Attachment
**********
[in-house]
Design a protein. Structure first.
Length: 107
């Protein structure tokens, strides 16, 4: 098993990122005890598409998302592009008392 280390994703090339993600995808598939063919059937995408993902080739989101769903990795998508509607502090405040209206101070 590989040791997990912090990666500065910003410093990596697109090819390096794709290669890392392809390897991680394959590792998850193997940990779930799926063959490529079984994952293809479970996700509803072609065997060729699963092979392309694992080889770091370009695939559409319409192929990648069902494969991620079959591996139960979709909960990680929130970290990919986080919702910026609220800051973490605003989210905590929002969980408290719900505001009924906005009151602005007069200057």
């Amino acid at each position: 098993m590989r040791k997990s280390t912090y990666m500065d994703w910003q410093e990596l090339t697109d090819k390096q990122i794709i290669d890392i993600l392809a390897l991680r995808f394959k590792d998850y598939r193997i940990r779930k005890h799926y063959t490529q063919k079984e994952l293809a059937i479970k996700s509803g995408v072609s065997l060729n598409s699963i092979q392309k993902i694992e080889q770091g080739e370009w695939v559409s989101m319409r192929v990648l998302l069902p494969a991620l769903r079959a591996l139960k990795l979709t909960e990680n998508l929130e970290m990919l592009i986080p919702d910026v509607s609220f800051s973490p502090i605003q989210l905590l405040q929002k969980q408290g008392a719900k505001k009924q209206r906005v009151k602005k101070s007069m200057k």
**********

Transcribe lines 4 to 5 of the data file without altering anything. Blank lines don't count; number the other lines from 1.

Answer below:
């Protein structure tokens, strides 16, 4: 098993990122005890598409998302592009008392 280390994703090339993600995808598939063919059937995408993902080739989101769903990795998508509607502090405040209206101070 590989040791997990912090990666500065910003410093990596697109090819390096794709290669890392392809390897991680394959590792998850193997940990779930799926063959490529079984994952293809479970996700509803072609065997060729699963092979392309694992080889770091370009695939559409319409192929990648069902494969991620079959591996139960979709909960990680929130970290990919986080919702910026609220800051973490605003989210905590929002969980408290719900505001009924906005009151602005007069200057």
């Amino acid at each position: 098993m590989r040791k997990s280390t912090y990666m500065d994703w910003q410093e990596l090339t697109d090819k390096q990122i794709i290669d890392i993600l392809a390897l991680r995808f394959k590792d998850y598939r193997i940990r779930k005890h799926y063959t490529q063919k079984e994952l293809a059937i479970k996700s509803g995408v072609s065997l060729n598409s699963i092979q392309k993902i694992e080889q770091g080739e370009w695939v559409s989101m319409r192929v990648l998302l069902p494969a991620l769903r079959a591996l139960k990795l979709t909960e990680n998508l929130e970290m990919l592009i986080p919702d910026v509607s609220f800051s973490p502090i605003q989210l905590l405040q929002k969980q408290g008392a719900k505001k009924q209206r906005v009151k602005k101070s007069m200057k």